After the upload has been successfully completed, the author then selects how they want their book to be distributed. Distribution to websites generally take about two or three days but it can be faster or take longer, depending. When an author makes a sale it shows up in their records. They receive a percentage of that sale through royalties while the rest of the sale goes to the company they used. Generally, these companies receive a higher percentage than the author receives.

Self-publishing has its pros and cons. For one, an author is completely independent, yet they must work harder at getting their book out into the world through marketing. Marketing isn’t easy when an author is not familiar with it. Most marketing is done by word of mouth and other promotions via flyers, book-signings, interviews, and sales of merchandise. This is all handled by the author unless they hire a publicist to do the work for them. Self-publishing companies also provide services, such as editing and marketing at an extra fee.

Vanity publishing is completed through a publishing company who charge a fee, usually a great amount, to publish your work. They offer your book as Print on Demand (POD) and will generally charge you a storage fee for your book, even though it is POD. The vanity publishing does all of the work of the author who paid them for their services. The cost of vanity publishing can be very high depending on the company. The problem with vanity publishing is that once they’ve earned your money they are not interested in helping your book to sell unless you pay them more to do so. After you’ve used their services you are essentially on your own with less money than you first started out with. There are more cons than pros to vanity publishing. Always check the publishing company you decide to use before making your decision.


Agents are the bridge to a traditional publishing company like I said above. They do not charge an author an upfront fee to accept a manuscript and they are sold on how well they like a query. Queries are essentially meant to entice the agent into requesting your manuscript. Each agent has a typical selection of what they accept. Some agents accept only YALit while others accept only Romance. Some are multi-genre agents; agents who accept a variety of genres. Their websites will always have what genres they seek and you can find their submission guidelines on the same website.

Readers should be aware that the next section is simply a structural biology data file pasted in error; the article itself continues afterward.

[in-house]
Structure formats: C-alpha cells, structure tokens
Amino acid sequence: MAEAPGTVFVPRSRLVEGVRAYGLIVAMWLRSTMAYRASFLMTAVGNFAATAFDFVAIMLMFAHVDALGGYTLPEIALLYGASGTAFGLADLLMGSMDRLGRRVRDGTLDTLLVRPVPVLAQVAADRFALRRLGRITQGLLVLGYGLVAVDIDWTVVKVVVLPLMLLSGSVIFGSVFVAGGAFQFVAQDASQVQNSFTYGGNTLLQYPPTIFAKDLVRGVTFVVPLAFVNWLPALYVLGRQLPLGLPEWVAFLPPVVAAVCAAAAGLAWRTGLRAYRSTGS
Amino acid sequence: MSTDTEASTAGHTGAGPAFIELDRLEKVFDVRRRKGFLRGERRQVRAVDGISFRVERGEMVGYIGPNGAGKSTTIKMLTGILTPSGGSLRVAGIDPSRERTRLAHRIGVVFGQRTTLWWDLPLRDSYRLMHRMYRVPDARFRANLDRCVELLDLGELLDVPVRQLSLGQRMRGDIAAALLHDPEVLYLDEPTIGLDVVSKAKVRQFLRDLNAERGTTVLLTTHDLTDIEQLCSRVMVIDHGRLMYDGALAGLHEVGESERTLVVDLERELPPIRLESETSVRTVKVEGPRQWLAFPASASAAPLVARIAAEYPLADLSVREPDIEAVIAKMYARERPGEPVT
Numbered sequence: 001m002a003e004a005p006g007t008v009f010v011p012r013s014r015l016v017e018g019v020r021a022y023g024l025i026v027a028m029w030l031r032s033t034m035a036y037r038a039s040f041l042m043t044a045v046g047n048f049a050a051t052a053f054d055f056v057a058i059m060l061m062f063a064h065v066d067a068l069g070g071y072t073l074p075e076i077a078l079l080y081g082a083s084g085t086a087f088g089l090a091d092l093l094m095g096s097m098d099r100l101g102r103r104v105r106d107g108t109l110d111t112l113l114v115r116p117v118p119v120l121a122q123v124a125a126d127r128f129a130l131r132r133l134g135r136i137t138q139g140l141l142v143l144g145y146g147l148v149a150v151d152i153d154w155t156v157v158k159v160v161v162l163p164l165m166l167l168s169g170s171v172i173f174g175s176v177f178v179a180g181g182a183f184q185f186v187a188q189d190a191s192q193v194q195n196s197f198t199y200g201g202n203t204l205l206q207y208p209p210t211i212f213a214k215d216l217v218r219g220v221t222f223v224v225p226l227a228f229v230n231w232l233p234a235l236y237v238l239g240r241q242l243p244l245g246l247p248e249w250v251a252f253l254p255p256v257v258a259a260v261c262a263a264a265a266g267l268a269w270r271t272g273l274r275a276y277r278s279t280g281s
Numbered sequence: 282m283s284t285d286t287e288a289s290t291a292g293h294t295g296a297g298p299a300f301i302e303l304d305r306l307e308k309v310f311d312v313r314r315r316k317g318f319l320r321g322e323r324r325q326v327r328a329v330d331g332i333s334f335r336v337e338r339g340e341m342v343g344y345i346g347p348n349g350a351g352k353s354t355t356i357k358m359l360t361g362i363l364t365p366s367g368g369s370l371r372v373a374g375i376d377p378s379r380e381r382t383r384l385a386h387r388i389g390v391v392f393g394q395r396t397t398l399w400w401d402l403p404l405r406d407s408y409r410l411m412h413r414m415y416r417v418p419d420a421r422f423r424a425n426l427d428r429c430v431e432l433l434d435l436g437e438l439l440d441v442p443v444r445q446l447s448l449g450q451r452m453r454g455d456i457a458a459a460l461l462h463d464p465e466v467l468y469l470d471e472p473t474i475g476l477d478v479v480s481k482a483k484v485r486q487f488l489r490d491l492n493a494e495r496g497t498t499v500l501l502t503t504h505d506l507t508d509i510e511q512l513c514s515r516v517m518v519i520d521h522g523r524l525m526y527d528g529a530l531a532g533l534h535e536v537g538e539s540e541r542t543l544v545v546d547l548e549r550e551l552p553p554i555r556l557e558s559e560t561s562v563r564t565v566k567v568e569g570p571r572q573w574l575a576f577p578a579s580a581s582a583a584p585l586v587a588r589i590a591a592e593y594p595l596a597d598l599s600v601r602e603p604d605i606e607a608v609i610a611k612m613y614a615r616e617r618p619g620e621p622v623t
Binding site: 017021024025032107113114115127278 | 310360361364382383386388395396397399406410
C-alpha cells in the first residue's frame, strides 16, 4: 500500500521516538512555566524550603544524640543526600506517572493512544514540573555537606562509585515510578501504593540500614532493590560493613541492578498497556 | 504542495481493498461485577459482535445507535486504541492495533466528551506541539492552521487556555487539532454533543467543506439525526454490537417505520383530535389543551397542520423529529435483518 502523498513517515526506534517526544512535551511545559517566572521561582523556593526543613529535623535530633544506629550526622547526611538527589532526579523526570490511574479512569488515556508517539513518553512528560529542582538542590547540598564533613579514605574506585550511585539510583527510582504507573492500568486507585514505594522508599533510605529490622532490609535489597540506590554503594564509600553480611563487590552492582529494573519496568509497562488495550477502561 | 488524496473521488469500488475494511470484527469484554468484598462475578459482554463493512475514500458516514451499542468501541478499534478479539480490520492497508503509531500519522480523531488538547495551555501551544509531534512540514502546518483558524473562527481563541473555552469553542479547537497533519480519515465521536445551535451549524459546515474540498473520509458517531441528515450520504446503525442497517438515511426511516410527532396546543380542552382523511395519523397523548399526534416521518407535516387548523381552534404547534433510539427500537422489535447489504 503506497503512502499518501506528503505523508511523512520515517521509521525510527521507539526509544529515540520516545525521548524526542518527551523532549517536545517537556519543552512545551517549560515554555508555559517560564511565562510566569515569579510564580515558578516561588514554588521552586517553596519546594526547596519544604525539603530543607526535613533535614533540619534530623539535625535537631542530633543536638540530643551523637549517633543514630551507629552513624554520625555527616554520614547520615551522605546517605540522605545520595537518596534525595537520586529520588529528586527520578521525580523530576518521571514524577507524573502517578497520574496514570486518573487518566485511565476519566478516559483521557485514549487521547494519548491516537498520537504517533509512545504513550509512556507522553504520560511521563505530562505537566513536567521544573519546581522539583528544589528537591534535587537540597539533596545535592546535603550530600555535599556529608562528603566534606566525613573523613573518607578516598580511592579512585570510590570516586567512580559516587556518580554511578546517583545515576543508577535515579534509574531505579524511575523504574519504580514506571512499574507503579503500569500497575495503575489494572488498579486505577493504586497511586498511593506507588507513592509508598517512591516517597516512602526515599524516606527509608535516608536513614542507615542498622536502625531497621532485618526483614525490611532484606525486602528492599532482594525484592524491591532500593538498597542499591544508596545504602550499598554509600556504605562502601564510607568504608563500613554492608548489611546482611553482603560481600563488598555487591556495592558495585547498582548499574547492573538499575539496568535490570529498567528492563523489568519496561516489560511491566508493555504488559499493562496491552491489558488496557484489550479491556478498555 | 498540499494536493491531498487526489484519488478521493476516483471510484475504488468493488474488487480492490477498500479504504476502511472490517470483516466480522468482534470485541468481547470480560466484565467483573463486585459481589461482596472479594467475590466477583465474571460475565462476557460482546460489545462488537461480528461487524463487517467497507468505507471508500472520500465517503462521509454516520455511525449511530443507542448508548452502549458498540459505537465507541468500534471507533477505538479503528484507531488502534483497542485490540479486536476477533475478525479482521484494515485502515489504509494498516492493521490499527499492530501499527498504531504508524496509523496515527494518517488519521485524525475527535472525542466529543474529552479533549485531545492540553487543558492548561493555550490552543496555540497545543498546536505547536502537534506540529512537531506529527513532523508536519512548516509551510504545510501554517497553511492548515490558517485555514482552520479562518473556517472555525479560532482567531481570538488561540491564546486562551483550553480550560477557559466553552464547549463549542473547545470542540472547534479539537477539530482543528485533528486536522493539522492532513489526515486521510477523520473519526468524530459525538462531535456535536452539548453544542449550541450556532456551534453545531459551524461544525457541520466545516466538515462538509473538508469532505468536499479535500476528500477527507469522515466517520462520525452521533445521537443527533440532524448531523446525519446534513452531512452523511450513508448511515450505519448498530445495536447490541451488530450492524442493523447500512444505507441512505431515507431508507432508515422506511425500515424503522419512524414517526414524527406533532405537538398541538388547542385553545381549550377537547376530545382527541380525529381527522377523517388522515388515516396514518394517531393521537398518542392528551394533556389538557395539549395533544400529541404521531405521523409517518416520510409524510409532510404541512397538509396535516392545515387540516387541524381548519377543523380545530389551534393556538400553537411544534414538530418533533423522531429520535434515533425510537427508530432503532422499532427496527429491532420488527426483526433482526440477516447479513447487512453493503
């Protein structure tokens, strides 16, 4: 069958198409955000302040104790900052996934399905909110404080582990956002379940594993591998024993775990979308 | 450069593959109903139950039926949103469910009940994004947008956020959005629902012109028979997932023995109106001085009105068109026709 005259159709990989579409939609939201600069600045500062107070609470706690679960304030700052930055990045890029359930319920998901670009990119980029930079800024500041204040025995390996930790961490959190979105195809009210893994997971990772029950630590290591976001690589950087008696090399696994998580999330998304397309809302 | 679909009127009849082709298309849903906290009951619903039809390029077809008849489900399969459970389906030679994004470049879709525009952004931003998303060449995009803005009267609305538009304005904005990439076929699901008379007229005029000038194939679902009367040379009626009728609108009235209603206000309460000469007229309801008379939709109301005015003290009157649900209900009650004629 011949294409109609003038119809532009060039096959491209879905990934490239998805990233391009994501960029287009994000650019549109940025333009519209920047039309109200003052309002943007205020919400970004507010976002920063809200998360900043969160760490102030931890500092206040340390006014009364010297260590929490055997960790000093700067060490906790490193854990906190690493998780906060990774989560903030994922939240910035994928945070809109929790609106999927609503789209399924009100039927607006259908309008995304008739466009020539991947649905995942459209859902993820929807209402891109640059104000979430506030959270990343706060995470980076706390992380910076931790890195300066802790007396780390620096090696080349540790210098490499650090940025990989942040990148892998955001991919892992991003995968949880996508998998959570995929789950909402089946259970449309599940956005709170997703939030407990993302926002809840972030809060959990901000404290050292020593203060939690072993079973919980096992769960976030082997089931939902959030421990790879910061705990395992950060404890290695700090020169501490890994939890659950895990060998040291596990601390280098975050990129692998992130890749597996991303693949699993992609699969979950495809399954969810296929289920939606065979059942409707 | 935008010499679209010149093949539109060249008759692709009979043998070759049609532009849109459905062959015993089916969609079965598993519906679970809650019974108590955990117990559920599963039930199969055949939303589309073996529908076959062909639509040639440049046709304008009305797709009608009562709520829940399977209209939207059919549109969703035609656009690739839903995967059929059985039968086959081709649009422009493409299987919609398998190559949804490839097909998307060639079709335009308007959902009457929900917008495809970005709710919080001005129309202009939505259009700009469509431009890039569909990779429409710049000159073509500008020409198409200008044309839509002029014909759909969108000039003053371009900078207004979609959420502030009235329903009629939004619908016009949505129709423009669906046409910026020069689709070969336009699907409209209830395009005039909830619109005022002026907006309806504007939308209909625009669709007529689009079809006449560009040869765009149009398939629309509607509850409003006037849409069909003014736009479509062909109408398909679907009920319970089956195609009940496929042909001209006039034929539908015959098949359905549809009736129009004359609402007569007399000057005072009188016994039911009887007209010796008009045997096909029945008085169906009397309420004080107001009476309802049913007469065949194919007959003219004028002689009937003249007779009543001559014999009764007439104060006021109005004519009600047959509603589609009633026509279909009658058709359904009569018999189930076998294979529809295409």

An agent does not get paid until the publisher pays them, and this is typically when an author is paid, or when an advance to an author is paid back by the sales of the book. Agents work hard at their job and they know what publishers want and what they don’t want. There have been instances where an agent turned down an author but another agent picked that author up and there was a great success. Consider JK. Rowling who queried around 100 agents before she received that ultimate yes.

Many aspiring authors have questions about the length of time an agent takes to respond to a submission. Answers vary from agent to agent. Some agents respond within several minutes and others take anywhere from three months to eight months. I’ve seen times where it can go a year but this is very rare. When the amount of time passes and a response from the agent has not been received it is perfectly okay to send a follow-up letter. Agents really don’t like to be bombarded early on in the game, but a one-time follow-up is sufficient. However, at times a no response given is generally a no and you can and should move onto the next agent.